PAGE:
January 2, 2022 at 21:53 UTC - Views: 101 #70092
Just a word of warning: WordPress 5.9 will be released in late January, and it represents the results of a year or two plan for a major change in the direction of WordPress. This is the biggest change since the introduction of the Customizer!
While it does seem to retain backward compatibility, it is clear that traditional themes like Weaver Xtreme are on their way out. Perhaps you recall when themes supported options through the Legacy option interface. Then along came the Customizer, and support for the Legacy Interface was phased out and only the Customizer was allowed for themes (while still allowing legacy support via plugins.)
Looks like the Customizer is now on that path. Instead, there will be block oriented themes that are based on the block editor block concept. There seems to be a new “Editor” that seems to allow major design changes to block themes using that new editor. I haven’t really checked it out yet, but it surely seems on the same sort of pathway. Eventually the Customizer will become extinct, and any new themes will have to fit the new block theme design.
Guess products need to keep modernizing, but this no doubt will require a steep learning curve for existing site builders using WP, and require ever more professional talent to build a web site using WP.
I guess that’s progress?January 3, 2022 at 00:12 UTC - Views: 99 #70098ROBINParticipant
What will happen when we need to go into an old site and make changes? If we don’t learn the new process?January 3, 2022 at 01:37 UTC - Views: 95 #70099
WordPress when I first discovered it… easy to use…. Do not need any coding ability… yadda yadda. Very soon, will need a professional to get WP to do anything. Exactly what they want. $$$$$$$$ Cha ching cha ching.
Someone else will fill the need being vacated by WP.January 3, 2022 at 06:21 UTC - Views: 88 #70116
WP has for many many years maintained backward compatibility, so there should not be an issue with going back to old sites. I see the main issue is that it is likely that many existing great themes will be unable to make the HUGE changes to become a “Block Theme”, and eventually just have the support die out. Past history shows that this will likely take maybe 3 to 5 years to play out. There are very few themes left that do not support the Customizer, but it seems clear that the current crop of WP developers would like to see that go away. This is most clearly demonstrated by how the new Twenty Twenty Two theme works. I doubt that it will work with WP 5.8.January 3, 2022 at 17:21 UTC - Views: 84 #70139GR8FLParticipant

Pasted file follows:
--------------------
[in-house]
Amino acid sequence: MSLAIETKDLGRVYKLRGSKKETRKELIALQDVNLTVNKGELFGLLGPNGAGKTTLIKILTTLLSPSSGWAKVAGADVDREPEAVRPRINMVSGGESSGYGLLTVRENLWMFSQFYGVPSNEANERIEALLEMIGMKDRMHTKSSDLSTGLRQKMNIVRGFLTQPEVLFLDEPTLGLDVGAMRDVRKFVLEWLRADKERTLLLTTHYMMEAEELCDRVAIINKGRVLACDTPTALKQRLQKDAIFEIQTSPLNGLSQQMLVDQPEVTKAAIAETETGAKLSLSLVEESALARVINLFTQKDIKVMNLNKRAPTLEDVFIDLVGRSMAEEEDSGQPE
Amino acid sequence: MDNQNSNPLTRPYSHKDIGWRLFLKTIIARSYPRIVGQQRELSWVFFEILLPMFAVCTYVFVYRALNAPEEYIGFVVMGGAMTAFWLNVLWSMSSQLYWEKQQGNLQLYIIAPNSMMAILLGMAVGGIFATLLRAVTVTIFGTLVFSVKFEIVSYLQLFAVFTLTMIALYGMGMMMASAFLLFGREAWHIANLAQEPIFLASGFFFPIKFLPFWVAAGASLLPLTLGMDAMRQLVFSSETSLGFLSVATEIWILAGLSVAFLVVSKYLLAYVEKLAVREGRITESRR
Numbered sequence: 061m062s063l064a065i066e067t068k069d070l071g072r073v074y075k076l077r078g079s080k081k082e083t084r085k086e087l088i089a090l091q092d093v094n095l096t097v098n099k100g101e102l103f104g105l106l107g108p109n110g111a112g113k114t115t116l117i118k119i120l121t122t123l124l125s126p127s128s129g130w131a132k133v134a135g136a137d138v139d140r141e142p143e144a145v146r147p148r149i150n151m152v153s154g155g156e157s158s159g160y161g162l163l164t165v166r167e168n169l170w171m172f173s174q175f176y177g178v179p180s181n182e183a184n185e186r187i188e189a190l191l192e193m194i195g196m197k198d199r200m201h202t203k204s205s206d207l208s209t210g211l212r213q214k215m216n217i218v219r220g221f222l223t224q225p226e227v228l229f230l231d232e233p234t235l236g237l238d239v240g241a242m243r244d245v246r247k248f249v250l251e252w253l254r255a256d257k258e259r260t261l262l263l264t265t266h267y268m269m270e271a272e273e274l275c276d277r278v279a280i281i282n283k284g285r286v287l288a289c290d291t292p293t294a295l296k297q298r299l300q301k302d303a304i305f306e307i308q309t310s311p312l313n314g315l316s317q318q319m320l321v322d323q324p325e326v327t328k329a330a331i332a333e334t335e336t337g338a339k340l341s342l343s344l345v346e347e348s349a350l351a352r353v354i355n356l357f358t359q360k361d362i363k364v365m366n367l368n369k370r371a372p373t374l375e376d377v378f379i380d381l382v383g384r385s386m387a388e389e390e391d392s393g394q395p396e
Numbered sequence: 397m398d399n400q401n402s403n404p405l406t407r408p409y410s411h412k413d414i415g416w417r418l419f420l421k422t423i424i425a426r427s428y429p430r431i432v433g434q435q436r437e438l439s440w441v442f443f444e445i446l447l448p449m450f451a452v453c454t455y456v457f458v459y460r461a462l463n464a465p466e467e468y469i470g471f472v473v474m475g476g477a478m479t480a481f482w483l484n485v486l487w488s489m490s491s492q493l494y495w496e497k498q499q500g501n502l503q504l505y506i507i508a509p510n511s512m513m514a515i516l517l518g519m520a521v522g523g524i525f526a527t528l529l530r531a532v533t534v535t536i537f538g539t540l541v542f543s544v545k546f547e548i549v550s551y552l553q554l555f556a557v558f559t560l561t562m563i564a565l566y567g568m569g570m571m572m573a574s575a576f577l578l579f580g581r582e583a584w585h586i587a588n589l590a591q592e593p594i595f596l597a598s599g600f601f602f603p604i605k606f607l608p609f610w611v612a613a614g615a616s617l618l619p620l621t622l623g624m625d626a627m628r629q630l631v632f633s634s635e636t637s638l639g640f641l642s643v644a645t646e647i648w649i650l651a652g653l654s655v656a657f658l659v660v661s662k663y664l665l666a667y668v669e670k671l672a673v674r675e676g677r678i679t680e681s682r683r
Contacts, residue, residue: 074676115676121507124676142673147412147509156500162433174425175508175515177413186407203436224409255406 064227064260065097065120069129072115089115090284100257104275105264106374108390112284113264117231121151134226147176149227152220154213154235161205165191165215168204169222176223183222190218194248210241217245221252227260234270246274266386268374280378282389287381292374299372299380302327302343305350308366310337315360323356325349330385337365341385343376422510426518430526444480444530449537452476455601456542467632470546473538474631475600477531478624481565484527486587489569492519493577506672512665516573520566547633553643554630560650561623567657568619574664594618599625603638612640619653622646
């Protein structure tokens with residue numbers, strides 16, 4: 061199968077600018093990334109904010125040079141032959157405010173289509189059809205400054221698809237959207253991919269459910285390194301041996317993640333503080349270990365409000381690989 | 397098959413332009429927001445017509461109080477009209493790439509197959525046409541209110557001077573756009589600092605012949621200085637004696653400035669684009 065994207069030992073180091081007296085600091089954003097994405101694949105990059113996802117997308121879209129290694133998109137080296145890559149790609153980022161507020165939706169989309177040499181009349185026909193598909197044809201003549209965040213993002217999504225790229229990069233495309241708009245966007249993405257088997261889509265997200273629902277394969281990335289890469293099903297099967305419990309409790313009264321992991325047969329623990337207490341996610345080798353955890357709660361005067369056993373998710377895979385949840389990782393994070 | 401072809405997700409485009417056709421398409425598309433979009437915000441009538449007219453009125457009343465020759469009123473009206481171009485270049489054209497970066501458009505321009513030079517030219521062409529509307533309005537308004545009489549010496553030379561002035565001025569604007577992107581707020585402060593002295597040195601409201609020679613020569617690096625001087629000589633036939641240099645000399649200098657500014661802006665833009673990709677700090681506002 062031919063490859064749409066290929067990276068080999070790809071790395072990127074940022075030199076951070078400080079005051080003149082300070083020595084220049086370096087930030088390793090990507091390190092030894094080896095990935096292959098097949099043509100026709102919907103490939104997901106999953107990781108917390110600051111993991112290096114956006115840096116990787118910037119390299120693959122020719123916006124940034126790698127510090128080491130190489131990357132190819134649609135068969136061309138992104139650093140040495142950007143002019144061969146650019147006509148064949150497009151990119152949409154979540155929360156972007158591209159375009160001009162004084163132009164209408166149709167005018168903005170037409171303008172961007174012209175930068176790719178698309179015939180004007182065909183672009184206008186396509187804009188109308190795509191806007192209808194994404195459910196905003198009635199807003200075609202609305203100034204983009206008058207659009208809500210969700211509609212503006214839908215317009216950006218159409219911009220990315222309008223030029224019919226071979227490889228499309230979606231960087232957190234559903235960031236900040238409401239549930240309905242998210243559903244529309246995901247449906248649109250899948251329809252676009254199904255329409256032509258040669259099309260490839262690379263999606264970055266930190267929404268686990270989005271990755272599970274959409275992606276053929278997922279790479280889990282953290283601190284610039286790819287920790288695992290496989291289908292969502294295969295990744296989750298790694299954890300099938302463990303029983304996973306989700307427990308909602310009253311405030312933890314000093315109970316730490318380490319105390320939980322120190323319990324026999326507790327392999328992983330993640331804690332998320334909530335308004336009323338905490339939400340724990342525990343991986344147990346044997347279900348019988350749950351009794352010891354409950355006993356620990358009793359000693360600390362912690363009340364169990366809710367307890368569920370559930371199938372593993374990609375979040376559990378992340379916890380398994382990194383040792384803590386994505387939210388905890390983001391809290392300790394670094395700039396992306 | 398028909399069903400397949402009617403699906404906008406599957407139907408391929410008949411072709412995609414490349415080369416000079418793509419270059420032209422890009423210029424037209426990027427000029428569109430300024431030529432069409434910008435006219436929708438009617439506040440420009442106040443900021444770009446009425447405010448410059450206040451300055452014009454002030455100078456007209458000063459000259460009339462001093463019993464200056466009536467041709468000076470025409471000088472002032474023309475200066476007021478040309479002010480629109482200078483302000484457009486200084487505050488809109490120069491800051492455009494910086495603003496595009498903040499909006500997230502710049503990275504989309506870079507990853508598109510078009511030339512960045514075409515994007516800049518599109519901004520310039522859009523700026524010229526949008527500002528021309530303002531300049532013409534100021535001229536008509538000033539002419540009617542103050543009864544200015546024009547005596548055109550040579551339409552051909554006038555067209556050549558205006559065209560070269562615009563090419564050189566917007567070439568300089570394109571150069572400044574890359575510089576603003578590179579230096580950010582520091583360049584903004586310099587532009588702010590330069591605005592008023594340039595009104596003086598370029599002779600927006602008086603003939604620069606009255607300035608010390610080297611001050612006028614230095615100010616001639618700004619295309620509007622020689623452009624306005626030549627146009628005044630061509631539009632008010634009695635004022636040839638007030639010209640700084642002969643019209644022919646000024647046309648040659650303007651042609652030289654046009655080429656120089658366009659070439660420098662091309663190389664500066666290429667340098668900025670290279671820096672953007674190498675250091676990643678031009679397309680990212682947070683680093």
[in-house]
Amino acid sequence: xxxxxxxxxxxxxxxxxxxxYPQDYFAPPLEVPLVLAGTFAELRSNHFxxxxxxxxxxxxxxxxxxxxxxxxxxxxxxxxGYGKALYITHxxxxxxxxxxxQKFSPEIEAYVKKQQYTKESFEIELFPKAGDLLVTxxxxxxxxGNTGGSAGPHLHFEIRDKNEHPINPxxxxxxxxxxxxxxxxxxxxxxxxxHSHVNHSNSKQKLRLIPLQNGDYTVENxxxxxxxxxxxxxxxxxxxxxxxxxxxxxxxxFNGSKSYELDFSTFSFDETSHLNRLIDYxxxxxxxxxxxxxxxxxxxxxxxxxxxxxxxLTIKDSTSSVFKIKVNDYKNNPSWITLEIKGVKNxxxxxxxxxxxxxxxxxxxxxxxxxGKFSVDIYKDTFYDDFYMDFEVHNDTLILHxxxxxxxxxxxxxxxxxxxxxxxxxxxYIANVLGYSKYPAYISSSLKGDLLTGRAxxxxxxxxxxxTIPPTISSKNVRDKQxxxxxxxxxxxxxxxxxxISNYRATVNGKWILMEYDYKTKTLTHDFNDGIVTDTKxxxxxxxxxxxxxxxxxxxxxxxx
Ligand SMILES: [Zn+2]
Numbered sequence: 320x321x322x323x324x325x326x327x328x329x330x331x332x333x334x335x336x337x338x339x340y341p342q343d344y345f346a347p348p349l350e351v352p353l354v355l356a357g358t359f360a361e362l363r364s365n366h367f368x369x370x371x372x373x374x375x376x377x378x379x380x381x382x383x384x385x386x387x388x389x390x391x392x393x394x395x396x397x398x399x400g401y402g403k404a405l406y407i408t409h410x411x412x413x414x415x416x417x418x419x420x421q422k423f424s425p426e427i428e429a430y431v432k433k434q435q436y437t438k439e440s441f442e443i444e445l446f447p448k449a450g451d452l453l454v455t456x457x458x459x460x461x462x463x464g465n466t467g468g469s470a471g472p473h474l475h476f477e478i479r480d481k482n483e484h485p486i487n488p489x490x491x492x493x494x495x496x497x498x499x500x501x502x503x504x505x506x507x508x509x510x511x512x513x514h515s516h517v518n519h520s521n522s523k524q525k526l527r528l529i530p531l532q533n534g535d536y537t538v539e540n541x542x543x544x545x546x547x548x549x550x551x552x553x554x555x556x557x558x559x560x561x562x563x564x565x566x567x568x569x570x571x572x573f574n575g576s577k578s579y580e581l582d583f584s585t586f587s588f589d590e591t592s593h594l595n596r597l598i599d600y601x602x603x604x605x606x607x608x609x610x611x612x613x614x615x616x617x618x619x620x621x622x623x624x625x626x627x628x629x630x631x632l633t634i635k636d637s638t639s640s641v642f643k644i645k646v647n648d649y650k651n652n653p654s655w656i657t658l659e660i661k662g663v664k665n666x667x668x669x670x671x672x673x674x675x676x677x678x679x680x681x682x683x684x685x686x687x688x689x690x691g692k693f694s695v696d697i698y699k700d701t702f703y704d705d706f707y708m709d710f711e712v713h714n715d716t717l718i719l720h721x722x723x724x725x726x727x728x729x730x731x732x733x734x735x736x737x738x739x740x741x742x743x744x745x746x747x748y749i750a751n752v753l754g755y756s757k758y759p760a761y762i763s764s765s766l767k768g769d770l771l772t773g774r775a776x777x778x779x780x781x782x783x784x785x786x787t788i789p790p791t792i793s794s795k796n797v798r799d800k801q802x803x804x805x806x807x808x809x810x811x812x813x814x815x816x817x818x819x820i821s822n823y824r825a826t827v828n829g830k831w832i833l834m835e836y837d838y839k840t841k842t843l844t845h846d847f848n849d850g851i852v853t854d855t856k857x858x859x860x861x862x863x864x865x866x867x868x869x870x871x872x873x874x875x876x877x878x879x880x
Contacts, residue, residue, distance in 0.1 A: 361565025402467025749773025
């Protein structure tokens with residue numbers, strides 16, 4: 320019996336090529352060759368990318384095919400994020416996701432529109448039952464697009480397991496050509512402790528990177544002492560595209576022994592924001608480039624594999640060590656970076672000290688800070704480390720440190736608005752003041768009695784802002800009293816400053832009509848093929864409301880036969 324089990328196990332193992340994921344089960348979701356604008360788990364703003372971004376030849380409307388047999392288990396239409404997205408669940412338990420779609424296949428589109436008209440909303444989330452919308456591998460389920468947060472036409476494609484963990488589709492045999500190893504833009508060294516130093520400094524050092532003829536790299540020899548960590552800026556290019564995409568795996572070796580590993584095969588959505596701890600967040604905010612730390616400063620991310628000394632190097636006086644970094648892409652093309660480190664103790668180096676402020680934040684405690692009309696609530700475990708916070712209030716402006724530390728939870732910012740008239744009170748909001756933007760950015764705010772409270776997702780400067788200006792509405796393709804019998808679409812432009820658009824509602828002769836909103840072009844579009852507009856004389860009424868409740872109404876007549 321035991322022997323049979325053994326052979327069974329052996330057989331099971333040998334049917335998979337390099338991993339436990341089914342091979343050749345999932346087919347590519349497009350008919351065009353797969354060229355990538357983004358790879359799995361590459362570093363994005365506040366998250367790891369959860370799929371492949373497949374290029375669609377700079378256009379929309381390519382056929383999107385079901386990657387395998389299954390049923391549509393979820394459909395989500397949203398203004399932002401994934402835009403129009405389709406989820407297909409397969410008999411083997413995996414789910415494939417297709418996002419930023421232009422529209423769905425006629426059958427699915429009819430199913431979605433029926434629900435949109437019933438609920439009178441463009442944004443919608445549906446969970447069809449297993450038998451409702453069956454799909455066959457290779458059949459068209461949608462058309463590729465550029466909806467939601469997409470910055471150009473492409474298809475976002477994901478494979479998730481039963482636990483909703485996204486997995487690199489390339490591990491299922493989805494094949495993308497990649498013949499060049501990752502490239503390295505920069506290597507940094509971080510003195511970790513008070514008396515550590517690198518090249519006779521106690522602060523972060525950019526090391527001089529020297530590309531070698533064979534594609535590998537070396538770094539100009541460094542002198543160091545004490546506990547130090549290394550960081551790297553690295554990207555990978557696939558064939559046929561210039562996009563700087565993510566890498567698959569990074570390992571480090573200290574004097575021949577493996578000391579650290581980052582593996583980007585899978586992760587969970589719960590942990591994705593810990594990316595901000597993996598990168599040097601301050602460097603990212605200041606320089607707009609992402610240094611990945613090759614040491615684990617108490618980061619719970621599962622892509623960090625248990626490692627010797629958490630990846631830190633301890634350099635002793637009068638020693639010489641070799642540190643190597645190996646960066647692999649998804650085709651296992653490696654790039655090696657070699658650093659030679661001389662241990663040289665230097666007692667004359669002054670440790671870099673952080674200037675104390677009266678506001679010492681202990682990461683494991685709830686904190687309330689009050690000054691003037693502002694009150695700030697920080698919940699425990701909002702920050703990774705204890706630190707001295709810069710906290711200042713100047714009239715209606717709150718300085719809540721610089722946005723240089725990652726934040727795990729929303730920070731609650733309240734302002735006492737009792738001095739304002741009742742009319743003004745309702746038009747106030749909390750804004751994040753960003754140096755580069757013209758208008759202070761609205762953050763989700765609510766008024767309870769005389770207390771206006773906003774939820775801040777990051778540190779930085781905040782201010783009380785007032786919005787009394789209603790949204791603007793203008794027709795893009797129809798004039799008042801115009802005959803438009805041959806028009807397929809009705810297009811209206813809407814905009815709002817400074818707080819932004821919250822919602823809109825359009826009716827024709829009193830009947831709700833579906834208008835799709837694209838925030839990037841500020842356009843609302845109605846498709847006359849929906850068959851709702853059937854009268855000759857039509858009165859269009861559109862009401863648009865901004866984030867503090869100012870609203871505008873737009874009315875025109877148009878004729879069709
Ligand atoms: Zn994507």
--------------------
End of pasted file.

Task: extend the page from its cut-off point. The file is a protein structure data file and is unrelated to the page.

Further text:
This is another message telling me it’s time to pass the baton on to someone else who has the time and energy to learn/do new stuff.
It’s not broken the way it is, but each “feature”, while personally providing no new enhancements for me, break what I have. Same thing happened with Gravity Forms.
Classic Editor, Classic Widgets, Disable Gutenberg are all patches to avoid these blocks. But from what I’m reading it’s just a matter of time before the block concept will be the norm.January 3, 2022 at 17:25 UTC - Views: 75 #70141scramblerModerator
Learning new things is good for your brain and for your soul 🙂January 3, 2022 at 17:39 UTC - Views: 78 #70145lauraParticipant